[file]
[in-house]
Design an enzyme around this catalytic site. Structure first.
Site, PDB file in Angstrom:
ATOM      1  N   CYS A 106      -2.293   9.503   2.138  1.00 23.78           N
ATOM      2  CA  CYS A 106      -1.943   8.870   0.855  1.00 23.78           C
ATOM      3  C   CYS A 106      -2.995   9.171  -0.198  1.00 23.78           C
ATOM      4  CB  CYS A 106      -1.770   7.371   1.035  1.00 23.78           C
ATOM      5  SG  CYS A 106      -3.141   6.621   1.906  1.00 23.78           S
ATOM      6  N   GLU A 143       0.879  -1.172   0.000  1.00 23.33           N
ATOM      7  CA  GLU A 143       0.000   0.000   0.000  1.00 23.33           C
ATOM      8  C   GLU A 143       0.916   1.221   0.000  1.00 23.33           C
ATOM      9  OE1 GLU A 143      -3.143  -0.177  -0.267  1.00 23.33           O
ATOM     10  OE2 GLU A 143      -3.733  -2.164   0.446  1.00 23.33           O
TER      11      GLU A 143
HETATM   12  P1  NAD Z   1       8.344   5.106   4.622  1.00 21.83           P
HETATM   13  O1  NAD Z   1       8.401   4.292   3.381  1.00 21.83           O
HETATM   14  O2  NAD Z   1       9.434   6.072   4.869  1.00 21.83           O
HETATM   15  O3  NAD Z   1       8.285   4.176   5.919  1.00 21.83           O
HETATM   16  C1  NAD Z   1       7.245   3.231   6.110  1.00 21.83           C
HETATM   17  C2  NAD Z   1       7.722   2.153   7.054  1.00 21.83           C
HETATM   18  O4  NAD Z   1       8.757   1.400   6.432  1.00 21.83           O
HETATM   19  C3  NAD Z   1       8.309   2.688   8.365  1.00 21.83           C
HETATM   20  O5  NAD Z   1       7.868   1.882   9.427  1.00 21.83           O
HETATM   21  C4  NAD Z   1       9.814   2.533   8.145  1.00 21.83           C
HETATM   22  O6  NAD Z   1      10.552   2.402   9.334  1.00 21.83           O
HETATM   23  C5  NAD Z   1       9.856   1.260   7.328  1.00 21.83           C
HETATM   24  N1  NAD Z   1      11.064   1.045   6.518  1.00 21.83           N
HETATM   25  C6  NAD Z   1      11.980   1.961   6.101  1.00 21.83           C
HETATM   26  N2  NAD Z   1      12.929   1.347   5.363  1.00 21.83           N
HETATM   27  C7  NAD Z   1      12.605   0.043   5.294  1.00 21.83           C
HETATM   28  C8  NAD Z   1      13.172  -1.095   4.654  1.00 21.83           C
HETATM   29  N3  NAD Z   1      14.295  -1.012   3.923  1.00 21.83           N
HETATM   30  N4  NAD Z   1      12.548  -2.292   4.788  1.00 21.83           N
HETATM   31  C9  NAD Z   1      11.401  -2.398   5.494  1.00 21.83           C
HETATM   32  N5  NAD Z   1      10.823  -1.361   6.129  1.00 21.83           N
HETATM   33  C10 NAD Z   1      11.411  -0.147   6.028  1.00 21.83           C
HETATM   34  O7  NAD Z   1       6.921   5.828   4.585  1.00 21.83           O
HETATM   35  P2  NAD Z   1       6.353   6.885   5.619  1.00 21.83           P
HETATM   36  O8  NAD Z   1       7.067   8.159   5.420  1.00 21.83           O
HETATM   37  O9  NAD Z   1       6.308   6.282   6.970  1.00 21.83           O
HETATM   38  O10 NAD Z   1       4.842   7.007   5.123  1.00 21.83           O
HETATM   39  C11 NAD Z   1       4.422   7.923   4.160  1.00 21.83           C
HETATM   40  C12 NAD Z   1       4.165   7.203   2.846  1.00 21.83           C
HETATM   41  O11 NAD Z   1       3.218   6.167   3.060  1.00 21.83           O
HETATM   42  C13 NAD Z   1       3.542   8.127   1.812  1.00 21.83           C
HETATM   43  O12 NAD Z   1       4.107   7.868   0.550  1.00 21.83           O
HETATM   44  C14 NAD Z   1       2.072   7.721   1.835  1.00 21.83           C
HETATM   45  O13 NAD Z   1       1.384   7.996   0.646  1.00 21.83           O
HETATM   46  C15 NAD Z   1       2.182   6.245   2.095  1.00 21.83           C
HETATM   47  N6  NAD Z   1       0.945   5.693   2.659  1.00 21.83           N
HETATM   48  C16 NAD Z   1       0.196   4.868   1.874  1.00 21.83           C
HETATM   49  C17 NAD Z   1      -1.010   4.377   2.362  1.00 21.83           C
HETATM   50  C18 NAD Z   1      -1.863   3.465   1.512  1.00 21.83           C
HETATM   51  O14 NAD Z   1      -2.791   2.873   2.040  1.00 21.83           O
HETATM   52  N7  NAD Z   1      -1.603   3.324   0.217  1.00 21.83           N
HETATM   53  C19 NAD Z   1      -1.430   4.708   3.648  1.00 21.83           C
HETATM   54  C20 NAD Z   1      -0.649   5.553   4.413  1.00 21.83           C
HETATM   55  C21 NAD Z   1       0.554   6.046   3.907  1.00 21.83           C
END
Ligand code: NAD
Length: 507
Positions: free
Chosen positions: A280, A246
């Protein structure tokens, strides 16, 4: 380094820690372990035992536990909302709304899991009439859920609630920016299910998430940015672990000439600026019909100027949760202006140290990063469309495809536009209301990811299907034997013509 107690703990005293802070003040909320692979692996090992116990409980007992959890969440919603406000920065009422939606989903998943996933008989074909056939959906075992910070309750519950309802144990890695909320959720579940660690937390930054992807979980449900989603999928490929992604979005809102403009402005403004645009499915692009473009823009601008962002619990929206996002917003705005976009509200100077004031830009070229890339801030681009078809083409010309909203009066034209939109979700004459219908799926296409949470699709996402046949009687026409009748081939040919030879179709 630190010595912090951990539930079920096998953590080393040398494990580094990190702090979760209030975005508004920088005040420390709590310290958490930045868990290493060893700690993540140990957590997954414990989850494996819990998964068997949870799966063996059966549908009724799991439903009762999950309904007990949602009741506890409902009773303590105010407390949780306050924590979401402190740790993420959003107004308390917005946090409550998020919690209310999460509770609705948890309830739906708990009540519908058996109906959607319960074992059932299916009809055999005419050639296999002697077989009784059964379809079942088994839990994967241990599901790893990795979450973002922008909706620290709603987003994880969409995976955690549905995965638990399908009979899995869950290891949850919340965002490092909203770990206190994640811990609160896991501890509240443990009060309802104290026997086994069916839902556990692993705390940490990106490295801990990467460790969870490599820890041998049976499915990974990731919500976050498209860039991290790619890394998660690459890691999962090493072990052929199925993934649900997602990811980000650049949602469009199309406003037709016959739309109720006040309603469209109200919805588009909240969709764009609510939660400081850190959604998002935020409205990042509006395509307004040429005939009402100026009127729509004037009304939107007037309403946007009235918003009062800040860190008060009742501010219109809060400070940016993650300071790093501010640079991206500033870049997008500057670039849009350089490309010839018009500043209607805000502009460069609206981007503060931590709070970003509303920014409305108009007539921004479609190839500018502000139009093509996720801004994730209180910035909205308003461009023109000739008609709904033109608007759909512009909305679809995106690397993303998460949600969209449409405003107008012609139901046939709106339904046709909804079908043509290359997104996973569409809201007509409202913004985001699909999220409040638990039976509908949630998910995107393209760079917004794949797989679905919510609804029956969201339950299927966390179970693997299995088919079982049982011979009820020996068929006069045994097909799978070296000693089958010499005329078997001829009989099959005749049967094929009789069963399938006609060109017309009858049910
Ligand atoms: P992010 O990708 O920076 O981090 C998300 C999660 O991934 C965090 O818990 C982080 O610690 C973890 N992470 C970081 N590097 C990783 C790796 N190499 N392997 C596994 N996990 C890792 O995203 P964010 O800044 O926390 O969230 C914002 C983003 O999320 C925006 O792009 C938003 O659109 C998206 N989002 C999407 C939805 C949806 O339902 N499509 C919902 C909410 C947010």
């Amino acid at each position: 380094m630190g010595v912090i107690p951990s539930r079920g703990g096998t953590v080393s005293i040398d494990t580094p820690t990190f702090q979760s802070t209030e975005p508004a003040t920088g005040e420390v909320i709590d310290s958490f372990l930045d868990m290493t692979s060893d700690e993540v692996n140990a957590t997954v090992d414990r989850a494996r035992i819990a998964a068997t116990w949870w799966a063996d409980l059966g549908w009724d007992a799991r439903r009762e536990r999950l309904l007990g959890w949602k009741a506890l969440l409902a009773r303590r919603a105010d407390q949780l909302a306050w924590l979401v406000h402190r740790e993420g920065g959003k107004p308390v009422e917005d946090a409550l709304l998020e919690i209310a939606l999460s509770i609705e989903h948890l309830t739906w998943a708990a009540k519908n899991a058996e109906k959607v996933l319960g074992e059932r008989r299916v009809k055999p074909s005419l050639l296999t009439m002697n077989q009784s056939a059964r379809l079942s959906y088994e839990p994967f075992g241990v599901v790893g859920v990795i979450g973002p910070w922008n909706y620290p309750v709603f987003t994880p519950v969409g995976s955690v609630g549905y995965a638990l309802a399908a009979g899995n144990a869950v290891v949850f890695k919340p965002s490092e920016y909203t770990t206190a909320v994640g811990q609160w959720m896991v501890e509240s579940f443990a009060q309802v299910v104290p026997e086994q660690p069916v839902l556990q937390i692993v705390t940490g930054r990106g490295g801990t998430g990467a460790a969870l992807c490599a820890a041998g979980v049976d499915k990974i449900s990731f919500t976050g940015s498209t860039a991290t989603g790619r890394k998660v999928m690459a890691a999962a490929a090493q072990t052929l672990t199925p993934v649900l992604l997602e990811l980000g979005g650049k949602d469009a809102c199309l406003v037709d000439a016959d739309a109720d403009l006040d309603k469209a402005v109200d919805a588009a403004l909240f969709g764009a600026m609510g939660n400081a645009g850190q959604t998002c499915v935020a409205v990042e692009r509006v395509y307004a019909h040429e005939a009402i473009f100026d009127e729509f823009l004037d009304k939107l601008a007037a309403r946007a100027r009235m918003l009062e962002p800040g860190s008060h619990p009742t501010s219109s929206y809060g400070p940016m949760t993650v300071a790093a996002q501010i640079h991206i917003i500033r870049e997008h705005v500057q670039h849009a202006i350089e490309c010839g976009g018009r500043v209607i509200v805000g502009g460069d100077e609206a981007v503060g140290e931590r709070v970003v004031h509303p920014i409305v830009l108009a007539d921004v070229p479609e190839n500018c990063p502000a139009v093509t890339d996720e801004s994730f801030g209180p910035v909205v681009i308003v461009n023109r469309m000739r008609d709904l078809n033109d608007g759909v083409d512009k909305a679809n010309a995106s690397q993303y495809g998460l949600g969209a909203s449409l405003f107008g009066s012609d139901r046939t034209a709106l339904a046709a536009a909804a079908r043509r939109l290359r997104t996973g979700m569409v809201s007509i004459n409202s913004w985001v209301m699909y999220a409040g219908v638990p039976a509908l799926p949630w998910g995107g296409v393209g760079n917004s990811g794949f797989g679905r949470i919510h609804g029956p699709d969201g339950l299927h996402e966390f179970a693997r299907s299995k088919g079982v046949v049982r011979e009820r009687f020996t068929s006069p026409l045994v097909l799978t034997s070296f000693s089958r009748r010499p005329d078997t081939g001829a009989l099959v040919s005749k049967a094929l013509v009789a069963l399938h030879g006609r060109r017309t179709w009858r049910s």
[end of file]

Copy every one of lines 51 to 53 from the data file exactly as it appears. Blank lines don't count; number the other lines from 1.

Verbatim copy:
HETATM   48  C16 NAD Z   1       0.196   4.868   1.874  1.00 21.83           C
HETATM   49  C17 NAD Z   1      -1.010   4.377   2.362  1.00 21.83           C
HETATM   50  C18 NAD Z   1      -1.863   3.465   1.512  1.00 21.83           C